The art pottery produced by Newcomb College has been a collector favorite for many years. Newcomb art pottery was typically glazed in shades of blue and decorated with natural designs of flowers, trees, and moss and moon bayous.
One of America’s true arts and crafts potteries, Newcomb College was founded by Ellsworth Woodward with the idea of introducing women to applied arts. While Newcomb is best recognized for the production of exceptional art pottery, other curriculum at the college included metalwork, needlework, and bookbinding. Skilled teachers at Newcomb College included Paul Cox, Mary Sheerer, Leona Nicholson and Frederick Walrath. Some of the recognized artists include Sadie Irvine, Harriet Joor, Anna Frances Simpson, and Henrietta Bailey.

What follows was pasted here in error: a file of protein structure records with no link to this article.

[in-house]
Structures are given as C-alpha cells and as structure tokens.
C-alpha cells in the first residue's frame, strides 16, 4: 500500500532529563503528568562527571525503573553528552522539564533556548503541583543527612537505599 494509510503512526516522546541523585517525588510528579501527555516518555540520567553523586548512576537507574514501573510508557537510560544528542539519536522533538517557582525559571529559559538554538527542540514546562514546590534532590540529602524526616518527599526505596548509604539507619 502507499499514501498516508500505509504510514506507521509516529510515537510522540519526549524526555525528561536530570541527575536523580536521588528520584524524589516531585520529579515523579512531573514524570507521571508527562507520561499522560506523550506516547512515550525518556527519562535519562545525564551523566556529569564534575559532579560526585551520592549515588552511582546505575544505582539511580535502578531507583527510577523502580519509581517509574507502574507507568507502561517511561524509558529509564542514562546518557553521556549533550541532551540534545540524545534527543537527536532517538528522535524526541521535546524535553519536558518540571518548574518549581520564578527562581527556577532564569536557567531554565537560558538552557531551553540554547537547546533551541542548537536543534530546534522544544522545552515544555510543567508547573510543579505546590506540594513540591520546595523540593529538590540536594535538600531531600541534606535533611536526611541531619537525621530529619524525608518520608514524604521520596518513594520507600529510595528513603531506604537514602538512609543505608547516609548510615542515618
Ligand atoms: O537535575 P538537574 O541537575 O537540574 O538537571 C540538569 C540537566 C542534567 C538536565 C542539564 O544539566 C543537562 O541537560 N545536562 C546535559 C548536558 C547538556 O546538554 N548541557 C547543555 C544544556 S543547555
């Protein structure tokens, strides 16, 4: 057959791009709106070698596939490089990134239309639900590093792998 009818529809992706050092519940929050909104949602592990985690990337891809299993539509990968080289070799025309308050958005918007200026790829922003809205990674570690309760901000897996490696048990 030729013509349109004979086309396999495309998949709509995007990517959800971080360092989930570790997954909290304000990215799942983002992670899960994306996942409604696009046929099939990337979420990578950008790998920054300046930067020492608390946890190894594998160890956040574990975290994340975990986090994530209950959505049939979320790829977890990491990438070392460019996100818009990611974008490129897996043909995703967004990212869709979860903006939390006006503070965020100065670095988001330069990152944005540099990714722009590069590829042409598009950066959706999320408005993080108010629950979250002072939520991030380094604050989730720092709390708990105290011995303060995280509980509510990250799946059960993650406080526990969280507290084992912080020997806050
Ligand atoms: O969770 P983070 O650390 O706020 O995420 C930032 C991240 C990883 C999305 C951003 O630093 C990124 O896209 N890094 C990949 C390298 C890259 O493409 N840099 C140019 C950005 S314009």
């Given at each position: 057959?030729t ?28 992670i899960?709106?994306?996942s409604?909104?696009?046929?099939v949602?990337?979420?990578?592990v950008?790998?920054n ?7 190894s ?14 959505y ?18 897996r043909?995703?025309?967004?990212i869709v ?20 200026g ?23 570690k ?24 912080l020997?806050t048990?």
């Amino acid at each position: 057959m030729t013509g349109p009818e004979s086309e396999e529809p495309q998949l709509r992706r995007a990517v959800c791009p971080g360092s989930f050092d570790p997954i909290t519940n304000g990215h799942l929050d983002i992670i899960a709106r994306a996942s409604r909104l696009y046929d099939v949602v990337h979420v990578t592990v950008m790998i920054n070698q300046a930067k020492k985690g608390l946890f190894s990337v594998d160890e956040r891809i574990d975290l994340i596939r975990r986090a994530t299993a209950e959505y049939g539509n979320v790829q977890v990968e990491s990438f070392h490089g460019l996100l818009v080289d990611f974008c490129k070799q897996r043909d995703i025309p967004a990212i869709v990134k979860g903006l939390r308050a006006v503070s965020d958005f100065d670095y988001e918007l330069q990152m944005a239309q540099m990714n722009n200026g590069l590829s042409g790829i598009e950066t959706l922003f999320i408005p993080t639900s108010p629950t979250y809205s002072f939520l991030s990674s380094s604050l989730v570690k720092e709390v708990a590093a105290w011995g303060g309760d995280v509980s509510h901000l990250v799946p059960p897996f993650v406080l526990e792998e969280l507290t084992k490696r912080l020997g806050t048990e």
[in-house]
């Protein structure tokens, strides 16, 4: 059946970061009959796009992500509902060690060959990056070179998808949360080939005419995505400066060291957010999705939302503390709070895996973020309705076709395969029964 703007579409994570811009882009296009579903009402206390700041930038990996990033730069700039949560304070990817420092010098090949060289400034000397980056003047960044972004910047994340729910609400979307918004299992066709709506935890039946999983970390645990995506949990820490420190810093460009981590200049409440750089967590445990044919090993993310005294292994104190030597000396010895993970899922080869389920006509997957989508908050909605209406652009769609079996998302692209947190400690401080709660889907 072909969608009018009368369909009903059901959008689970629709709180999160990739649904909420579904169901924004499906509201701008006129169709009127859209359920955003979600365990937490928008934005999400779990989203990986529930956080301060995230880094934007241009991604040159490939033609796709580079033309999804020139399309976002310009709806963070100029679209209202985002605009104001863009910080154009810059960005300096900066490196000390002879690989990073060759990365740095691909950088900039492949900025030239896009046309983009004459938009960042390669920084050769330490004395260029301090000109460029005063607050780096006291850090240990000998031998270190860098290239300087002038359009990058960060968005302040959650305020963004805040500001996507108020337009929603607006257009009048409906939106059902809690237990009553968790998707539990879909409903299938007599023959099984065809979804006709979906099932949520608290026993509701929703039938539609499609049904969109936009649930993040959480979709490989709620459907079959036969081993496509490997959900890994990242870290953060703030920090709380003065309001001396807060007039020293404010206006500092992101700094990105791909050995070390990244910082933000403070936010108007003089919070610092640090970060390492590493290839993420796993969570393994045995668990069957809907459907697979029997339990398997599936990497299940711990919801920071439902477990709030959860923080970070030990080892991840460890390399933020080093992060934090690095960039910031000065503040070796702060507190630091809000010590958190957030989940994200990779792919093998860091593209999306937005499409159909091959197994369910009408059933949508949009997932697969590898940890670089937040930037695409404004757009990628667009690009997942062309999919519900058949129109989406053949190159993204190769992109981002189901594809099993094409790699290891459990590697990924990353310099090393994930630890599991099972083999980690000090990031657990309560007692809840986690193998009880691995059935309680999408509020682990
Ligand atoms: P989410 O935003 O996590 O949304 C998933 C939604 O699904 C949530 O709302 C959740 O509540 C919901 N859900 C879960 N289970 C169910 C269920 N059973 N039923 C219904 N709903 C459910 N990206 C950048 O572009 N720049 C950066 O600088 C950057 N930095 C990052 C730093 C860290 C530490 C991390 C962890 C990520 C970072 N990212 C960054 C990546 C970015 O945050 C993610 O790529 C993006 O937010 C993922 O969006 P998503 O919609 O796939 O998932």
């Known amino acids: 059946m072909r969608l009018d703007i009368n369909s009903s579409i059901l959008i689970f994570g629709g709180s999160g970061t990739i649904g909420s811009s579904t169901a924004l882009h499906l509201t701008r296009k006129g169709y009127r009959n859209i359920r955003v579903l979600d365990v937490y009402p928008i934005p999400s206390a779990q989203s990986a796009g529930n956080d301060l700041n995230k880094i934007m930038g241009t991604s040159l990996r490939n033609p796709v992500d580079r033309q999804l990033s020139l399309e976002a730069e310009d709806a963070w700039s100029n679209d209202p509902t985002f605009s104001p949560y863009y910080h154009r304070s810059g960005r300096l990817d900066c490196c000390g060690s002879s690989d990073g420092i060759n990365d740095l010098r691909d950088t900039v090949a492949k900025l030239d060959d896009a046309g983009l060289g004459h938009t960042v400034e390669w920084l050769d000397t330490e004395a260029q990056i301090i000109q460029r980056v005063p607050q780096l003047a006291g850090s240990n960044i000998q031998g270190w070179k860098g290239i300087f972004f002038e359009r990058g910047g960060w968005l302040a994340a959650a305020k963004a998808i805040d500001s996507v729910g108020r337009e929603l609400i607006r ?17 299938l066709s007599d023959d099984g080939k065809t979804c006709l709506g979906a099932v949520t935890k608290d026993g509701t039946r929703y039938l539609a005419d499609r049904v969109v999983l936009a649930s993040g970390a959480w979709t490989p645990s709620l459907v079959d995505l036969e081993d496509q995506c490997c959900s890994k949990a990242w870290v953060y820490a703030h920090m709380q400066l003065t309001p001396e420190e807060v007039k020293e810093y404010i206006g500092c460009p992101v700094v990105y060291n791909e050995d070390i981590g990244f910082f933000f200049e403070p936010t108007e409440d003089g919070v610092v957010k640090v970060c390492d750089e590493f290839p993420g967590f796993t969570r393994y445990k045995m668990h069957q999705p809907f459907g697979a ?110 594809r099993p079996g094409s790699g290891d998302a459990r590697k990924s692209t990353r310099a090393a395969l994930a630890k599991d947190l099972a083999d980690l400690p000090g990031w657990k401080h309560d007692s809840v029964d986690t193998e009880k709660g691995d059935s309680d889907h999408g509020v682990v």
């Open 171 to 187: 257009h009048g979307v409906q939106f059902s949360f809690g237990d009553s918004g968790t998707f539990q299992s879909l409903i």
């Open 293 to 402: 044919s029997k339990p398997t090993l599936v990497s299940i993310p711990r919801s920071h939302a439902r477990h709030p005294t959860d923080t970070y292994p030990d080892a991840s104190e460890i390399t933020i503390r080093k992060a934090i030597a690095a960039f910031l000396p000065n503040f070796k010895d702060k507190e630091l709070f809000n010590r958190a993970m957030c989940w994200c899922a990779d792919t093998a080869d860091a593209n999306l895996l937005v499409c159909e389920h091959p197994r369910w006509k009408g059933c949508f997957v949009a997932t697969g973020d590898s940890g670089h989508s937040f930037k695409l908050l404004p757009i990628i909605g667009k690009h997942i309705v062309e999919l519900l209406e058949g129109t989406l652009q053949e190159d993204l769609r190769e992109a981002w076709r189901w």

All examples of Newcomb College pottery were one-of-a-kind. Newcomb vases were always hand-thrown and the rarely seen tiles were hand-built.
Early Newcomb College pottery remains the most sought after and highest valued pieces. The majority of early Newcomb were produced in a mirror-like high glaze, glossy finishes. Nearly all Newcomb done at this time had incised designs. The glaze colors on these early pots were usually blue and creams often decorated with yellow or white florals. However, each piece was unique with greatly varying themes and designs.
Early Newcomb forms include vases, bowls, pitchers, ewers, creamers, mugs, and tea pots. The early period of Newcomb is typically assumed to mean pieces produced up to around 1910. After this time, the majority of Newcomb produced was matte glazed and decorated.
Most pieces of Newcomb are under 8” in height. Vases 10” or more are hard to find and would be considered tall. Typically, Newcomb collectors are more forgiving about minor damage due to the rarity and the uniqueness of each piece.